Gun permits for the blind are being issued by the state of Iowa, raising fresh concerns over gun regulations during a time of already heightened tensions over federal and state gun control laws. The Des Moines Register said on Sept. 8 that no one is questioning the legality of the law, what’s being questioned is the lack of common sense.
State law in Iowa says a citizen cannot be denied the right to purchase and carry a gun because of any physical impairment. However, should visually disabled Iowans be allowed to purchase weapons?
Yes, says Cedar County Sheriff Warren Wethington, who said blind people can be taught to safely handle a weapon. Also on the pro side is Jane Hudson, executive director of Disability Rights Iowa, who says to deny gun ownership based on a disability would violate the federal Americans with Disabilities Act.
Dubuque County Sheriff Don Vrotsos disagrees, stating he would not issue a permit to a blind person, no matter what the law allow for.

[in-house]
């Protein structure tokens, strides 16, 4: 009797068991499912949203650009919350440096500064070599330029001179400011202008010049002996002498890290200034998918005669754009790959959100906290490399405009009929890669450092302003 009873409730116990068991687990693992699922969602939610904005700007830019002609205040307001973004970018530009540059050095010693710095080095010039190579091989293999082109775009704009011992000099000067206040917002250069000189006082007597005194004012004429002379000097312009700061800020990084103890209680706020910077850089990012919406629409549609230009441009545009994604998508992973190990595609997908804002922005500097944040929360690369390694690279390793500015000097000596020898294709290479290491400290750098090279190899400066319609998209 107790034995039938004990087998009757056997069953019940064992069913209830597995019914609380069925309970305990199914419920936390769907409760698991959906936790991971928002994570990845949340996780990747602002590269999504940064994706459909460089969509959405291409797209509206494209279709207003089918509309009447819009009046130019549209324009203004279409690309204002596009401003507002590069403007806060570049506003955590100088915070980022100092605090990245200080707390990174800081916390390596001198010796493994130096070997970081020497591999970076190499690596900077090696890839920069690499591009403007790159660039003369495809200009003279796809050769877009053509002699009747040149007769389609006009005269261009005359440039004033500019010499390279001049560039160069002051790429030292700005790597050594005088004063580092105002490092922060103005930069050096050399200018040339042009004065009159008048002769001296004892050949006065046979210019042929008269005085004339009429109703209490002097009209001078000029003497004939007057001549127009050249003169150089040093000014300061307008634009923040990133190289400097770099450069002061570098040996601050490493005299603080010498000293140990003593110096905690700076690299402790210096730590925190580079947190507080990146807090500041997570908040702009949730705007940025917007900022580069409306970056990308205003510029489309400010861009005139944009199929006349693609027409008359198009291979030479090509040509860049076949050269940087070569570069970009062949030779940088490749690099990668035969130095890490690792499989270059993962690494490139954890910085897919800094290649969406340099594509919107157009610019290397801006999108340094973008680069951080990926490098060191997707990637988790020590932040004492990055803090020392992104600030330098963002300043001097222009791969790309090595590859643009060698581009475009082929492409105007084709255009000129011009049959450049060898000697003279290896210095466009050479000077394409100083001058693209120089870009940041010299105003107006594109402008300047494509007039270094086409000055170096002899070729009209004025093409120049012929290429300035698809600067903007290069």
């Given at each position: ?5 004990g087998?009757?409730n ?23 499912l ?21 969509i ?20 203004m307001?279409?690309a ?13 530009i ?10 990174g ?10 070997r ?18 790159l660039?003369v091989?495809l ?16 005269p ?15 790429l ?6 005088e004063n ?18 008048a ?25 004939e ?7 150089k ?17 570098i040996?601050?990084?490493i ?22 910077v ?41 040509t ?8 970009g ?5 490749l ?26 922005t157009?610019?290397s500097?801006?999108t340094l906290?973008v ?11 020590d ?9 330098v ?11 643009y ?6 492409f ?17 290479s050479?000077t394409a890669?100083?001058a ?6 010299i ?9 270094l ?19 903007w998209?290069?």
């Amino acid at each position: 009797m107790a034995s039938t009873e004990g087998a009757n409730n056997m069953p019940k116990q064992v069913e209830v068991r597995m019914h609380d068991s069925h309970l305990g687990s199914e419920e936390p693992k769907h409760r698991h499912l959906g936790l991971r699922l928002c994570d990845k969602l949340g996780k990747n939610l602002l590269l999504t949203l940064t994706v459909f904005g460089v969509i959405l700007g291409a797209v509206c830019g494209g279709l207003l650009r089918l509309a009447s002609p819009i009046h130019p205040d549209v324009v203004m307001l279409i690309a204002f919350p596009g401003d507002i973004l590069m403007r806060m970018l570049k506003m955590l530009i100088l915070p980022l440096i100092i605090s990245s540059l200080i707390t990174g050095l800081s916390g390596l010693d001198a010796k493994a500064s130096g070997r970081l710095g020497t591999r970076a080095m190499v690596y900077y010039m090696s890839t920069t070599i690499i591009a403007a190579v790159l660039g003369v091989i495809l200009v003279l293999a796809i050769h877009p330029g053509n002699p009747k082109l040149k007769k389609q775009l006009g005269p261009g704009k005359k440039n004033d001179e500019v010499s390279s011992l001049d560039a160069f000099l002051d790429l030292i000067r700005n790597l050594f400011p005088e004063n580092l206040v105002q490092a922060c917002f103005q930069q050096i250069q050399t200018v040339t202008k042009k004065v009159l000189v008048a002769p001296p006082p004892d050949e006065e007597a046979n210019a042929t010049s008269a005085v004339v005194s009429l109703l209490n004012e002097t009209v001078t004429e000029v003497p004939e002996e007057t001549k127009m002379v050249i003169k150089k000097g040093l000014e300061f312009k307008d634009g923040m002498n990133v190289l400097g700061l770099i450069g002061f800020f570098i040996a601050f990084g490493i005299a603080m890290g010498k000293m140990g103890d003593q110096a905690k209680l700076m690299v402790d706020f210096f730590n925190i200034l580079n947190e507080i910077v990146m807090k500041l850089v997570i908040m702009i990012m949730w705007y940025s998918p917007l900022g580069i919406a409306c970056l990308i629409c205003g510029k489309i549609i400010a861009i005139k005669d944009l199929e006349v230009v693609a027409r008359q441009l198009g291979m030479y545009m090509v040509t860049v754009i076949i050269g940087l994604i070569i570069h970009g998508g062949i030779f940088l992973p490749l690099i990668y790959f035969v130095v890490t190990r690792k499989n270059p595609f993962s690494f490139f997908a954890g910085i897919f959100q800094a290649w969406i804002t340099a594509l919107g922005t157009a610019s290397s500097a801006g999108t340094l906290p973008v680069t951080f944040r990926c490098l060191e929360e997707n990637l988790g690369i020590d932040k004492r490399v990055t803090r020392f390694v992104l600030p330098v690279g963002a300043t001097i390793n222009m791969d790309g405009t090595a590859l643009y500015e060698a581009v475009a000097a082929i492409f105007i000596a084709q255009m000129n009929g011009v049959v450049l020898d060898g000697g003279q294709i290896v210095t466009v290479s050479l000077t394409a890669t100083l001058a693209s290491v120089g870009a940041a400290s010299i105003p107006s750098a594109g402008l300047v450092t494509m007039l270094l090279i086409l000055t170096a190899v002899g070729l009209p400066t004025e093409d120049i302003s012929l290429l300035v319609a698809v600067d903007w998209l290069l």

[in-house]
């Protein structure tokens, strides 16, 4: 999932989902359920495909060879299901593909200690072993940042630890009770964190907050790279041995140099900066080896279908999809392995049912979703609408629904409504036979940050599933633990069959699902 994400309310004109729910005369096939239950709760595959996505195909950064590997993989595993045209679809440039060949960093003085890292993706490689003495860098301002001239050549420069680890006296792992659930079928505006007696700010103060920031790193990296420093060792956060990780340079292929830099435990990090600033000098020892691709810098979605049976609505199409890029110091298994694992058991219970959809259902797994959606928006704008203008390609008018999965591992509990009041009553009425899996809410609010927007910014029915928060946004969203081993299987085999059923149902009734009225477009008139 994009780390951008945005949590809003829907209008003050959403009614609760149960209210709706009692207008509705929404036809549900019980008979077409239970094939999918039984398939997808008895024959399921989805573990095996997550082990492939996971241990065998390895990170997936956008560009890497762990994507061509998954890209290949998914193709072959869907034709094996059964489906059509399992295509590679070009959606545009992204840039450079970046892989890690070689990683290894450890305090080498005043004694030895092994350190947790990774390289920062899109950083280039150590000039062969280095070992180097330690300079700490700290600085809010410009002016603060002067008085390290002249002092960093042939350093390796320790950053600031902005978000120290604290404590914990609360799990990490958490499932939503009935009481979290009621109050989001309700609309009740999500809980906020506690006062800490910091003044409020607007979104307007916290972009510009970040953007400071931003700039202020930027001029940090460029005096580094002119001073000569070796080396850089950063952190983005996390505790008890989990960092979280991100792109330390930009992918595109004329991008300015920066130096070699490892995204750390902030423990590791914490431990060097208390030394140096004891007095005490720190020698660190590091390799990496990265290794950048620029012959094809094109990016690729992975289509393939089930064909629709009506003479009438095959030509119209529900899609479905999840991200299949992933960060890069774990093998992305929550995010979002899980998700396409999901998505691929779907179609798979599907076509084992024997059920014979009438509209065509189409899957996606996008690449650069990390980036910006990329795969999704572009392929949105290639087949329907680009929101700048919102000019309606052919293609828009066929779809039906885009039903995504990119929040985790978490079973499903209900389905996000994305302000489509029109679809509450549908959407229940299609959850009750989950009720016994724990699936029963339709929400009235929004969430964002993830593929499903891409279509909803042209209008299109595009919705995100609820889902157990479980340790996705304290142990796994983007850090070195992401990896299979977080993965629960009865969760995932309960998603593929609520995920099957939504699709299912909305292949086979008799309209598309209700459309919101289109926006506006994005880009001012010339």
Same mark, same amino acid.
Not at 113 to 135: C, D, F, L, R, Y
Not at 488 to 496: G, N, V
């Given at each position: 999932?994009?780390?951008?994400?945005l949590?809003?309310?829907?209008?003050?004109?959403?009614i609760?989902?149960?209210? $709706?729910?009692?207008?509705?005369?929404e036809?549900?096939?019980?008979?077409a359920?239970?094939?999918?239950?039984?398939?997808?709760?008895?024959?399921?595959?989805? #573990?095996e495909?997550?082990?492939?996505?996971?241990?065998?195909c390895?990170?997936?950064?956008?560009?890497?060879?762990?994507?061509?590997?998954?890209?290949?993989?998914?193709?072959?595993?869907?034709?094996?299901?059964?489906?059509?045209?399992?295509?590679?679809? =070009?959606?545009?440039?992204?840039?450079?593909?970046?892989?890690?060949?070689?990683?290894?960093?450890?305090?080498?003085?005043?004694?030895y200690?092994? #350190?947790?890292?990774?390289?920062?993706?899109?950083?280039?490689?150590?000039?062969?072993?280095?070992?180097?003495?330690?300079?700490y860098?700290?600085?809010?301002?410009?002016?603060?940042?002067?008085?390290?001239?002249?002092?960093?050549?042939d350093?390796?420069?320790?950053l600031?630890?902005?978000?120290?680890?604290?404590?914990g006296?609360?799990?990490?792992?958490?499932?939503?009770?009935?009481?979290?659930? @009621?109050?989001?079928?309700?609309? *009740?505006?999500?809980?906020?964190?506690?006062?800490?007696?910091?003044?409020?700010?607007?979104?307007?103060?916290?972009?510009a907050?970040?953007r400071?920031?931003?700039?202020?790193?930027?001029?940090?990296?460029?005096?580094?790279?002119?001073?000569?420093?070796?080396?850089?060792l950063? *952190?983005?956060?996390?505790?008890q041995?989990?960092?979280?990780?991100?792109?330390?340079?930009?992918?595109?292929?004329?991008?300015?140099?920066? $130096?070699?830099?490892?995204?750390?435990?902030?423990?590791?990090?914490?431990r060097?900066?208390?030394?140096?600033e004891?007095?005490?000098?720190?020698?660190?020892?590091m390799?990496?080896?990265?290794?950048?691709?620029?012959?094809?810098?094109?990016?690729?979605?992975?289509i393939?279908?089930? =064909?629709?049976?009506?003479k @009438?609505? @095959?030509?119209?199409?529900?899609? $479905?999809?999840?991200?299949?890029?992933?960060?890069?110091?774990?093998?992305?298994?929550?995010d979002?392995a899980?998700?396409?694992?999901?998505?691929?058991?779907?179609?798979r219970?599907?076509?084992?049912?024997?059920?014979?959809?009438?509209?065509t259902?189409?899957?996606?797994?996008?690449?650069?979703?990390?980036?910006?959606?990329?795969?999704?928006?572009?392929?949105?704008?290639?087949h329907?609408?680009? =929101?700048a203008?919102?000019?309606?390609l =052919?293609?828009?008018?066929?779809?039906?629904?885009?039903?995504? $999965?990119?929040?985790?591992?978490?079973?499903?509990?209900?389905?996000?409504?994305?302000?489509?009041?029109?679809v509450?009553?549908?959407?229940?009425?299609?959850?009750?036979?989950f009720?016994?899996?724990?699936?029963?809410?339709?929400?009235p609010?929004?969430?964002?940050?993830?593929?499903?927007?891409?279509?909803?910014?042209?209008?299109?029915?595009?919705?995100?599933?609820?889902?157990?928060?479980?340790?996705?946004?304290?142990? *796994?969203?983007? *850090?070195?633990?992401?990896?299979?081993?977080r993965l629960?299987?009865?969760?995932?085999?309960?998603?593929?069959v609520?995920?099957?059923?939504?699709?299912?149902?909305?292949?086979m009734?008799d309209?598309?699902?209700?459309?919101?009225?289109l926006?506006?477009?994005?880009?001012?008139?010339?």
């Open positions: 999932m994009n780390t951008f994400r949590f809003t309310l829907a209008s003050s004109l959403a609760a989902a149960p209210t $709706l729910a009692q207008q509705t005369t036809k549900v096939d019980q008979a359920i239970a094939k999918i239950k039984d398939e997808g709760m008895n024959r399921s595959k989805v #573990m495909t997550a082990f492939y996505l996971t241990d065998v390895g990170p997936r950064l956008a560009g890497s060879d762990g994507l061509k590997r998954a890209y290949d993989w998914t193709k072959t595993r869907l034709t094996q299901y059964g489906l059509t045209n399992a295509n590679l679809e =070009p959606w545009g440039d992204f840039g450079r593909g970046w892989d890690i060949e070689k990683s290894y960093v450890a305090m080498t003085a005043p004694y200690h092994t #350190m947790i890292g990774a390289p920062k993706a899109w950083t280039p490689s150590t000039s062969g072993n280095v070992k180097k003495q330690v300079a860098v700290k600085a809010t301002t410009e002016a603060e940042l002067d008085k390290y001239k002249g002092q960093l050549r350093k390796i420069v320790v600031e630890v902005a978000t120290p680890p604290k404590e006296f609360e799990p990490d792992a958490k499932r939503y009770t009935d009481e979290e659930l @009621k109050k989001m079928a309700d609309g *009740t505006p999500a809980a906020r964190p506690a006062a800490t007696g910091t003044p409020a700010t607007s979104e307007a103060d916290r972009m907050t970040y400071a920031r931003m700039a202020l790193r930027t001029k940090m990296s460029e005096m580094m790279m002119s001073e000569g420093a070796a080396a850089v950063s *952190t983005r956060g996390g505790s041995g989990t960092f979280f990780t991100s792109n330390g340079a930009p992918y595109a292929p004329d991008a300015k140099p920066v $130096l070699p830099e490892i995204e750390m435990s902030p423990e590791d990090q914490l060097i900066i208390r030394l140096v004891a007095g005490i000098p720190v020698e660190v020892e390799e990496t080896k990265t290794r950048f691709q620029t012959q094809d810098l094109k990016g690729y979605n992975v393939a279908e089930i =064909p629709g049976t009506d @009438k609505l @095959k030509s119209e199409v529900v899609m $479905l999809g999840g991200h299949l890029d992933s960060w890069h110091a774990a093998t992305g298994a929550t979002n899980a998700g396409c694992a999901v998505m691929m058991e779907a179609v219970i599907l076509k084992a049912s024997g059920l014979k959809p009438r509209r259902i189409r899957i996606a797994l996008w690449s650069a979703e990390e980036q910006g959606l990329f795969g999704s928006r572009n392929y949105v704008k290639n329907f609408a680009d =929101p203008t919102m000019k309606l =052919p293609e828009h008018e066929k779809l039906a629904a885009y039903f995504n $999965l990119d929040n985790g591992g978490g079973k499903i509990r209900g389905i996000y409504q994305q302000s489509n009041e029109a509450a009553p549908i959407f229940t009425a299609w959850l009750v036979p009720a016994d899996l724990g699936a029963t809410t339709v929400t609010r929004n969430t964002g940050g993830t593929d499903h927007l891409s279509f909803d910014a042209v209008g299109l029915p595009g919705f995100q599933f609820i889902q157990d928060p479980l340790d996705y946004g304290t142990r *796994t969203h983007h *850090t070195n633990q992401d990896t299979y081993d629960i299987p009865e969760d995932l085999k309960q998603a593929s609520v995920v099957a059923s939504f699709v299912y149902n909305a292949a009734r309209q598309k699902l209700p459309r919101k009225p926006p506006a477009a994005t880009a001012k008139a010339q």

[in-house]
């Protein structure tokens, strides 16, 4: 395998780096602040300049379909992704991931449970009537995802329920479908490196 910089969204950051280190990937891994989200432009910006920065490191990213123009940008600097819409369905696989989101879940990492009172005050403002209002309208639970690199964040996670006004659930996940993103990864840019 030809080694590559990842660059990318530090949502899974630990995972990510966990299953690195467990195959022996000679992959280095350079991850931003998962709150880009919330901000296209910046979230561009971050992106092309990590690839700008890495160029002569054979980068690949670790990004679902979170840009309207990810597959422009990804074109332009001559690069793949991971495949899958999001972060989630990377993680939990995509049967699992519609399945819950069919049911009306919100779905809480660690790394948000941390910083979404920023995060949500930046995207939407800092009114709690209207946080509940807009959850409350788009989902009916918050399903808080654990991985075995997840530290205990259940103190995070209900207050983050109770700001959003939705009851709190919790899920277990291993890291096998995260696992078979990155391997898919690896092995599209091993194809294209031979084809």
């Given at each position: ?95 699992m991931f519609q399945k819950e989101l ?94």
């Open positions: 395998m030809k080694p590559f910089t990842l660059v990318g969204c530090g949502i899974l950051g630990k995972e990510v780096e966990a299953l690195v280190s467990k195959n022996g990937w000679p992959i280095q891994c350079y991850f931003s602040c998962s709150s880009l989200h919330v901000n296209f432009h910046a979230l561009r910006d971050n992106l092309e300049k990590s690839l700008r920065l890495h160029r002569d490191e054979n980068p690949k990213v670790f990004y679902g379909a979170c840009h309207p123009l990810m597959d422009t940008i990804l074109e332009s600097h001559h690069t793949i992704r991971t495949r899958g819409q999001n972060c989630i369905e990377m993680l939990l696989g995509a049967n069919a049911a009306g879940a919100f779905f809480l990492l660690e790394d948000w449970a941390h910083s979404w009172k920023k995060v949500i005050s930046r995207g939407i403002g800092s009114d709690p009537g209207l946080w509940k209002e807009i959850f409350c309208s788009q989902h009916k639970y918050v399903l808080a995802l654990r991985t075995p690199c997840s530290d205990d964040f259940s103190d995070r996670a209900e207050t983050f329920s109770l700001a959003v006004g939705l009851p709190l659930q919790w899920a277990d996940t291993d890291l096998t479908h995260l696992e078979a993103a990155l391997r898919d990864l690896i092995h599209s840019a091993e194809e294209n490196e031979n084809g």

Sgt. Jana Abens, a spokeswoman for the Polk County sheriff’s office, sees both sides. “It seems a little strange, but the way the law reads, we can’t deny them (a permit) just based on that one thing,” said Abens.
Delaware Sheriff John LeClere summed it up: “I’m not an expert in vision,” LeClare said. “But at what point do vision problems have a detrimental effect to fire a firearm? If you see nothing but a blurry mass in front of you, then I would say you probably shouldn’t be shooting something.”
The federal Gun Control Act of 1968 placed limits on those who can apply for a permit. Individuals who have felony convictions on their record, drug users and the mentally unstable are among those who cannot be issued a weapons permit. But those who are blind, even completely, can.
While the Second Amendment does indeed guarantee the right to possess a gun, should the legally blind be allowed to carry, and ultimately use, a firearm? Leave your thoughts below.